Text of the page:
Easier-to-reach retail investors allow crowdfunding platforms to attract pretty big sums of money. For example, Curve gathered 4 million pounds in “just minutes” on CrowdCube.
Institutional investors – professional investors, a user base that is also drawing the attention of crowdfunding platforms. The right approach, sophisticated marketing, diversification and higher interest rate for the bigger investment sums are the methods that crowdfunding platforms use to make their offerings more attractive to professional investors.
Usually, to market to the institutional investors, platforms have to prepare harder and include more targeted promotional materials such as presentations on each real estate offering or asset class to outline the project magnitude, revenue, terms and rates, risk mitigation and other important areas.
Developers (Fundraisers, Borrowers) – developer-companies that are looking for alternative financing methods. Real estate development companies may seek funds to do various projects including:
- Ground up construction (rare)
- Property renovation
- Buy-to-let (buy-to-rent) or buy-to-sell, etc.
Developers are particularly interested in P2P lending because they can get several rounds of funding within hours or days. However, how fast the company gets capital depends on the crowdfunding platform itself. We’ll talk about it in Part 2 of this article.
Investment advisors – professional investors that offer black pool investment services. Advisors are trusted and appointed service providers who usually invest on behalf of the regular investors. They have an FCA license for investment consulting and investment management services. Advisors have recently become popular again, especially in the light of events like the London Capital and Finance (LCF) scandal. In some cases, advisors are the only way to attract funds on a crowdfunding platform.
FCA introduced one-year limitations on the retail investing activities, mainly, the promotion of mini-bonds. This year might become a game-changer for the real estate P2P lending platforms when the new regulations take place. But who knows what to expect.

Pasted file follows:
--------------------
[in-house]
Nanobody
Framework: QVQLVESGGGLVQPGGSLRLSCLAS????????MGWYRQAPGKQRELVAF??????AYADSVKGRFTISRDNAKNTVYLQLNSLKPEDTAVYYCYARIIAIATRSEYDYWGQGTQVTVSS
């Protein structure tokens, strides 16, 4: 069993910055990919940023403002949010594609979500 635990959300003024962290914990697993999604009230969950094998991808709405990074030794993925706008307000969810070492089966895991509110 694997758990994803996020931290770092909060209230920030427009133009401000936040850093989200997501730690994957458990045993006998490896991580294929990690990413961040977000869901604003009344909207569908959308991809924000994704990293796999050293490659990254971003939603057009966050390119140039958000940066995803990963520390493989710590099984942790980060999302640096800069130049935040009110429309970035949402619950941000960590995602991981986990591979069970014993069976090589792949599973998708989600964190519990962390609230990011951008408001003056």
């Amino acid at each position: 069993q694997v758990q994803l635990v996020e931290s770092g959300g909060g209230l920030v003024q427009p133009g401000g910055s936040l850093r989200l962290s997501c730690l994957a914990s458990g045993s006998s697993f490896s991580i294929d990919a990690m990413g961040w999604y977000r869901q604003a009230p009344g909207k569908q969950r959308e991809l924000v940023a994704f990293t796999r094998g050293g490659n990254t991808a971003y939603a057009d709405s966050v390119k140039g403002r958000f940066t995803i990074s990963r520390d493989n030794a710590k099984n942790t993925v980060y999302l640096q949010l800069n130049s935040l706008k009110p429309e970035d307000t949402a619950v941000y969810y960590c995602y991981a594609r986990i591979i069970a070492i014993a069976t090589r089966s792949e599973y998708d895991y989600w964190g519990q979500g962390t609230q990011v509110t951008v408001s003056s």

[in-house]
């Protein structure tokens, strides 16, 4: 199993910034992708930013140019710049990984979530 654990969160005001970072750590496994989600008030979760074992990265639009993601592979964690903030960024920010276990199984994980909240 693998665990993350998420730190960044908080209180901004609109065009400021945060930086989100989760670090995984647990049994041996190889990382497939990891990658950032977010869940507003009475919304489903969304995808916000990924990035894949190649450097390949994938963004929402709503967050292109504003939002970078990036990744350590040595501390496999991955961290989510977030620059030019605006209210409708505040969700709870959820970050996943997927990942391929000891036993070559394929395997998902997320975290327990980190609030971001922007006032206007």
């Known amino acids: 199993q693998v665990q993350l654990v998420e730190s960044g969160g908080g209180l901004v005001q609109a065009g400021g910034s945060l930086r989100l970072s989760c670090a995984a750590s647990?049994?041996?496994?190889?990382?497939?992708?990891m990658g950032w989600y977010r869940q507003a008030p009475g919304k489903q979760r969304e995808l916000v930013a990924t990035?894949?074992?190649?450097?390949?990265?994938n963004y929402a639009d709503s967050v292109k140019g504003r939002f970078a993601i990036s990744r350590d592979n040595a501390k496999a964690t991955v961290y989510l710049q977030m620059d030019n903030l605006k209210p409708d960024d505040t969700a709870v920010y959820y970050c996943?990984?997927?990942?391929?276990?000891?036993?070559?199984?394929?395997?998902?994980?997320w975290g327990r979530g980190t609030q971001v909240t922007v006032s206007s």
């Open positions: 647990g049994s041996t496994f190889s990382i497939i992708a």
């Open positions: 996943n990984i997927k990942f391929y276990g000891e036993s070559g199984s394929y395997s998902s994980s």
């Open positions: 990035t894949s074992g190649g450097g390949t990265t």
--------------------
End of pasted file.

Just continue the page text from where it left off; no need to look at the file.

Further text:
Platform owners – entrepreneurs with financial background, especially, in real estate investing. Roughly speaking, platform owners are often ex-property-developers who know firsthand what it’s like to seek funding for a real estate project. They usually hire financial experts and start raising funds for their own or somebody else’s RE projects.
Also, the platform owners might be advisors – the ones who have a background in the same business domain. Usually, they’ve been previously operating a local firm or have been working offline but in the times of digitalization decided to switch to the online world to automate and speed up the processes.
Wrapping up Part 1 of the P2P lending for real estate series
In Part 2 of the P2P lending business model, we’ll go through the loan evaluation nuances, investment settlement and money processing practices on a P2P lending platform for real estate crowdfunding. In addition to that, we’ll dive into the user roles mentioned above and how they interact on a P2P lending platform.
We’ll also touch things like secondary market, auto-investing, and portfolio management and whether you need to have these features on your platform.
Hope you’re excited to learn more about the P2P lending business model as well as the upcoming other models, so stay tuned!